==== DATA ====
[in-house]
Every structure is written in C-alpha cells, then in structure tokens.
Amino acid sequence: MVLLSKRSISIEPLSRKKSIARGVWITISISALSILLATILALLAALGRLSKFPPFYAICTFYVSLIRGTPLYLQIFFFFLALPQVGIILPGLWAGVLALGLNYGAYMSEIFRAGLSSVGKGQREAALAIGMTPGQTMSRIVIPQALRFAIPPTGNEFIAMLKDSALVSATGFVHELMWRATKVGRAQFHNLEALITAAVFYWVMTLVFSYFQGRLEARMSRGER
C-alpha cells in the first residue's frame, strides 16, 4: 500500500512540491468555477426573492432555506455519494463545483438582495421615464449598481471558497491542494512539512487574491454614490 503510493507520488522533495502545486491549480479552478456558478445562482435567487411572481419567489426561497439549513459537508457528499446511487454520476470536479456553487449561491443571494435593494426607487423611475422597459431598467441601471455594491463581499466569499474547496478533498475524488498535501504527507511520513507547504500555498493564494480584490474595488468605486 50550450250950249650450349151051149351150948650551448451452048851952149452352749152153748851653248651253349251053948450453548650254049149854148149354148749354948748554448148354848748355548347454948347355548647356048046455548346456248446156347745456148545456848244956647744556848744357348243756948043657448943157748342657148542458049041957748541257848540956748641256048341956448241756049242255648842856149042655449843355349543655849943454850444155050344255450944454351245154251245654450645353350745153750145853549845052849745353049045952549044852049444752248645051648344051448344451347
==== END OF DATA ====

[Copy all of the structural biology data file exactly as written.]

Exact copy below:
[in-house]
Every structure is written in C-alpha cells, then in structure tokens.
Amino acid sequence: MVLLSKRSISIEPLSRKKSIARGVWITISISALSILLATILALLAALGRLSKFPPFYAICTFYVSLIRGTPLYLQIFFFFLALPQVGIILPGLWAGVLALGLNYGAYMSEIFRAGLSSVGKGQREAALAIGMTPGQTMSRIVIPQALRFAIPPTGNEFIAMLKDSALVSATGFVHELMWRATKVGRAQFHNLEALITAAVFYWVMTLVFSYFQGRLEARMSRGER
C-alpha cells in the first residue's frame, strides 16, 4: 500500500512540491468555477426573492432555506455519494463545483438582495421615464449598481471558497491542494512539512487574491454614490 503510493507520488522533495502545486491549480479552478456558478445562482435567487411572481419567489426561497439549513459537508457528499446511487454520476470536479456553487449561491443571494435593494426607487423611475422597459431598467441601471455594491463581499466569499474547496478533498475524488498535501504527507511520513507547504500555498493564494480584490474595488468605486 50550450250950249650450349151051149351150948650551448451452048851952149452352749152153748851653248651253349251053948450453548650254049149854148149354148749354948748554448148354848748355548347454948347355548647356048046455548346456248446156347745456148545456848244956647744556848744357348243756948043657448943157748342657148542458049041957748541257848540956748641256048341956448241756049242255648842856149042655449843355349543655849943454850444155050344255450944454351245154251245654450645353350745153750145853549845052849745353049045952549044852049444752248645051648344051448344451347